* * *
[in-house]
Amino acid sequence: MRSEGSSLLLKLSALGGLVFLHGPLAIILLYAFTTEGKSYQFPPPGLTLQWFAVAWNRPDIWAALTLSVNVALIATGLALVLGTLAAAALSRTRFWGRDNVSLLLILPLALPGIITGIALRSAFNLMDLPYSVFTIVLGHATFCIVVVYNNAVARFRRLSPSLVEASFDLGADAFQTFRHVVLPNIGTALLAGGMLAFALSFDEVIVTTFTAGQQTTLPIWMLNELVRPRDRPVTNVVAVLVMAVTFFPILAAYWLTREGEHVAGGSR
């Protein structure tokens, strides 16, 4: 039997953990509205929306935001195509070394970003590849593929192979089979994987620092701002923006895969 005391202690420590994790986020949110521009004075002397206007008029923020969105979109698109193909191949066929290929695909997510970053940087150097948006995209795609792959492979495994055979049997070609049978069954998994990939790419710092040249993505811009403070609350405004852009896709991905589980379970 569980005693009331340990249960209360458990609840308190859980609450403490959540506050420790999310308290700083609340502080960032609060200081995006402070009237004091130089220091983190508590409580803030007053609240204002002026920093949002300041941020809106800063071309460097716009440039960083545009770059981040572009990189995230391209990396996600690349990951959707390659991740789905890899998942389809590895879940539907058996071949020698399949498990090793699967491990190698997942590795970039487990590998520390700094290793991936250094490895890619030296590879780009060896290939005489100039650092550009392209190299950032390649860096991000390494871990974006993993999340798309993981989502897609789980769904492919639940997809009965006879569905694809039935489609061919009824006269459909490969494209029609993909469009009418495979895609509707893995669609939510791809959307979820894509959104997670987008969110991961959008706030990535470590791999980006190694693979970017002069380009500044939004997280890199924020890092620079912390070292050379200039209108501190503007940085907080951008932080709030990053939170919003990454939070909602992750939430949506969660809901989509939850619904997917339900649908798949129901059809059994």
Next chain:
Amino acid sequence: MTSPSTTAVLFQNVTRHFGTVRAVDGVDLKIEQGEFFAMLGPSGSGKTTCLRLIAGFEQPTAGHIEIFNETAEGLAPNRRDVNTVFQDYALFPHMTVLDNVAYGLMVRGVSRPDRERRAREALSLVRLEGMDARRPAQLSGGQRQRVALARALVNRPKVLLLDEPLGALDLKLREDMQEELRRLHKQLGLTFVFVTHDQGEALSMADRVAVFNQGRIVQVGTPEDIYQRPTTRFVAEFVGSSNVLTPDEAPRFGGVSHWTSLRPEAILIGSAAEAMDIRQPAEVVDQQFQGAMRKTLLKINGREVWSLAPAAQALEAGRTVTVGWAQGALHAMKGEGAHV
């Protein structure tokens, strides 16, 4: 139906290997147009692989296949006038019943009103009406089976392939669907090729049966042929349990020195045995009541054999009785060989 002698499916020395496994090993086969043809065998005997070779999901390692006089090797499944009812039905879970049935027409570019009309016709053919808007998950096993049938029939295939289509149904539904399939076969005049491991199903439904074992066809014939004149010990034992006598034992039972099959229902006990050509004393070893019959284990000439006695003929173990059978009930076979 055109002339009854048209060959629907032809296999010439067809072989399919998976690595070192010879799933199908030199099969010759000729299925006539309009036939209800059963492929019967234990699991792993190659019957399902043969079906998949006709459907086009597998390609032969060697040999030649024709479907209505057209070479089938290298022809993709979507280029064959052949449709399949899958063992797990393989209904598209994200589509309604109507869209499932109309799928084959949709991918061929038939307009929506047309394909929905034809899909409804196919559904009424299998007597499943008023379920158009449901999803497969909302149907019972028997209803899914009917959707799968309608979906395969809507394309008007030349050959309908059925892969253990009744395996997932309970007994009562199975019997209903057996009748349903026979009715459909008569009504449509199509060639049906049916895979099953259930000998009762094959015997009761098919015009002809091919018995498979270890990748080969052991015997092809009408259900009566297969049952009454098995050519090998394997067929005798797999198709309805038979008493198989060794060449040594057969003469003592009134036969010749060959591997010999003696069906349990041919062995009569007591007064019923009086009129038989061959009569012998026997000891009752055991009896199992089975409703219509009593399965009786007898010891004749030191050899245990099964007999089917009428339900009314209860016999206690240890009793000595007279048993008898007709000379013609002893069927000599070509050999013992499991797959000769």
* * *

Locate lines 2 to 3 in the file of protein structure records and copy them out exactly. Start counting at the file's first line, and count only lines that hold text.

Amino acid sequence: MRSEGSSLLLKLSALGGLVFLHGPLAIILLYAFTTEGKSYQFPPPGLTLQWFAVAWNRPDIWAALTLSVNVALIATGLALVLGTLAAAALSRTRFWGRDNVSLLLILPLALPGIITGIALRSAFNLMDLPYSVFTIVLGHATFCIVVVYNNAVARFRRLSPSLVEASFDLGADAFQTFRHVVLPNIGTALLAGGMLAFALSFDEVIVTTFTAGQQTTLPIWMLNELVRPRDRPVTNVVAVLVMAVTFFPILAAYWLTREGEHVAGGSR
């Protein structure tokens, strides 16, 4: 039997953990509205929306935001195509070394970003590849593929192979089979994987620092701002923006895969 005391202690420590994790986020949110521009004075002397206007008029923020969105979109698109193909191949066929290929695909997510970053940087150097948006995209795609792959492979495994055979049997070609049978069954998994990939790419710092040249993505811009403070609350405004852009896709991905589980379970 569980005693009331340990249960209360458990609840308190859980609450403490959540506050420790999310308290700083609340502080960032609060200081995006402070009237004091130089220091983190508590409580803030007053609240204002002026920093949002300041941020809106800063071309460097716009440039960083545009770059981040572009990189995230391209990396996600690349990951959707390659991740789905890899998942389809590895879940539907058996071949020698399949498990090793699967491990190698997942590795970039487990590998520390700094290793991936250094490895890619030296590879780009060896290939005489100039650092550009392209190299950032390649860096991000390494871990974006993993999340798309993981989502897609789980769904492919639940997809009965006879569905694809039935489609061919009824006269459909490969494209029609993909469009009418495979895609509707893995669609939510791809959307979820894509959104997670987008969110991961959008706030990535470590791999980006190694693979970017002069380009500044939004997280890199924020890092620079912390070292050379200039209108501190503007940085907080951008932080709030990053939170919003990454939070909602992750939430949506969660809901989509939850619904997917339900649908798949129901059809059994």